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Understanding Classes Within Object Oriented Programming


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Understanding Classes Within Object Oriented Programming

A class is a collection of objects of similar type. Once a class is defined, any number of objects can be created which belong to that class.
To fully understand object oriented programming, you will want to be familiar with classes. When you look at the world around you, it will become obvious that many objects are the same type. For example, the car you drive is just one of the millions of cars that exist in the world.

A D V E R T I S E M E N T

In object-oriented programming, a class is a programming language construct that is used as a blueprint to create objects. This blueprint includes attributes and methods that the created objects all share.
Usually, a class represents a person, place, or thing - it is an abstraction of a concept within a computer program. Fundamentally, it encapsulates the state and behavior of that which it conceptually represents. It encapsulates state through data placeholders called member variables; it encapsulates behavior through reusable code called methods.

More technically, a class is a cohesive package that consists of a particular kind of metadata. It describes the rules by which objects behave; these objects are referred to as instances of that class. A class has both an interface and a structure. The interface describes how the class and its instances can be interacted with via methods, while the structure describes how the data is partitioned into attributes within an instance. A class may also have a representation (metaobject) at runtime, which provides runtime support for manipulating the class-related metadata. In object-oriented design, a class is the most specific type of an object in relation to a specific layer.
Programming languages that support classes all subtly differ in their support for various class-related features. Most support various forms of class inheritance. Many languages also support features providing encapsulation, such as access specifiers.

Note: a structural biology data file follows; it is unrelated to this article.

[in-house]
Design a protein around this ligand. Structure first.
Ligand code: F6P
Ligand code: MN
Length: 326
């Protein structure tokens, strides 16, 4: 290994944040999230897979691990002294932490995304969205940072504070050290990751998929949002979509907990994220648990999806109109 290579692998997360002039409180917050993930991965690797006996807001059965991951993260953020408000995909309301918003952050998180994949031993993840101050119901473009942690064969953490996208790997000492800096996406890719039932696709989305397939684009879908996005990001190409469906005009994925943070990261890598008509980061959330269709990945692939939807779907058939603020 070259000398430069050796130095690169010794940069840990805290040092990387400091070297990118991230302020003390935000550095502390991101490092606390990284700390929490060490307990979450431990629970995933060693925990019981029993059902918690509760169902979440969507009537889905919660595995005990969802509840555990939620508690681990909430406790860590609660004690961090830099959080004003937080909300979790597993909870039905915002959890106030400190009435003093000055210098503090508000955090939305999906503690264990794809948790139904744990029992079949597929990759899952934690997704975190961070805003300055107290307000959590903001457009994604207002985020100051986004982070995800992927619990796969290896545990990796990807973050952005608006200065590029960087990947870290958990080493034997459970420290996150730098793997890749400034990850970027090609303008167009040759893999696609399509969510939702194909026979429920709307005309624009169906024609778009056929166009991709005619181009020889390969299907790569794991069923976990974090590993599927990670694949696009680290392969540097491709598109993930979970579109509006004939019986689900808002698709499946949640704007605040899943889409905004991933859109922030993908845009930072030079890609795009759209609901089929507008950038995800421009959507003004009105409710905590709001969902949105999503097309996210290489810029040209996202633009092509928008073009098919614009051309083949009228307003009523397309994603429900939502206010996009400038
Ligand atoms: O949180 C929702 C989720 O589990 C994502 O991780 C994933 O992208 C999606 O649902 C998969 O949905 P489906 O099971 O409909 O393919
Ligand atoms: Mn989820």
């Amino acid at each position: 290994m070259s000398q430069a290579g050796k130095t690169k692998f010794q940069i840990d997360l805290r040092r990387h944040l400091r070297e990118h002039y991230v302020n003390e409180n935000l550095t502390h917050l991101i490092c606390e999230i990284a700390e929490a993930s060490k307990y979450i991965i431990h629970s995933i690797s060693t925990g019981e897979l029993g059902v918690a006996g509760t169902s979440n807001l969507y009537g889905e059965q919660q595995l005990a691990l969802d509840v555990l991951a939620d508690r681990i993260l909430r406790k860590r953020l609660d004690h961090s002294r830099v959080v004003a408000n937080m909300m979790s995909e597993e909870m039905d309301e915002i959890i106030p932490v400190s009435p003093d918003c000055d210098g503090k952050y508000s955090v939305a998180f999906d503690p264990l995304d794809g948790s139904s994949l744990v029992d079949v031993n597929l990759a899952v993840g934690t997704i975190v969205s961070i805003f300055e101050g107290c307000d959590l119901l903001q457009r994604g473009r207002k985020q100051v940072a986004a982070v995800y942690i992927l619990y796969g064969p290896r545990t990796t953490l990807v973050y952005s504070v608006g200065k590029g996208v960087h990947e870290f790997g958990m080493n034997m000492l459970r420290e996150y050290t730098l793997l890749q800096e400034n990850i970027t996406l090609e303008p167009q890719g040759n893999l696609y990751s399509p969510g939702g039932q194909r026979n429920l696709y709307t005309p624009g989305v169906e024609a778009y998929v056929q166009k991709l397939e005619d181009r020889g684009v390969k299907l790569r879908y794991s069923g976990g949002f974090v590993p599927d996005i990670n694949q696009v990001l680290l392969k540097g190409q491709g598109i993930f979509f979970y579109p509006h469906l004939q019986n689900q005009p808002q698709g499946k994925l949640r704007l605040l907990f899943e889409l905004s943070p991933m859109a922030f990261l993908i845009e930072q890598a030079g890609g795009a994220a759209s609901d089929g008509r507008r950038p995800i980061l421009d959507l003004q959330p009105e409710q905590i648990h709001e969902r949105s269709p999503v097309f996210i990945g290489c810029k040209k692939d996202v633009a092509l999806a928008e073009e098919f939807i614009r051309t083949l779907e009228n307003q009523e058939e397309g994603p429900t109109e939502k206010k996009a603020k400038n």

Classes, when used properly, can accelerate development by reducing redundant code entry, testing and bug fixing. If a class has been thoroughly tested and is known to be a solid work, it is typically the case that using or extending the well-tested class will reduce the number of bugs - as compared to the use of freshly-developed or ad hoc code - in the final output. In addition, efficient class reuse means that many bugs need to be fixed in only one place when problems are discovered.
Another reason for using classes is to simplify the relationships of interrelated data. Rather than writing code to repeatedly call a GUI window drawing subroutine on the terminal screen (as would be typical for structured programming), it is more intuitive to represent the window as an object and tell it to draw itself as necessary. With classes, GUI items that are similar to windows (such as dialog boxes) can simply inherit most of their functionality and data structures from the window class. The programmer then need only add code to the dialog class that is unique to its operation. Indeed, GUIs are a very common and useful application of classes, and GUI programming is generally much easier with a good class framework.

A class is used to create new instances (objects) by instantiating the class. Instances of a class share the same set of attributes, yet may differ in what those attributes contain. For example, a class "Person" would describe the attributes common to all instances of the Person class. Each person is generally alike, but varies in such attributes as "height" and "weight". The class would list types of such attributes and also define the actions which a person can perform: "run", "jump", "sleep", "walk", etc. One of the benefits of programming with classes is that all instances of a particular class will follow the defined behavior of the class they instantiate.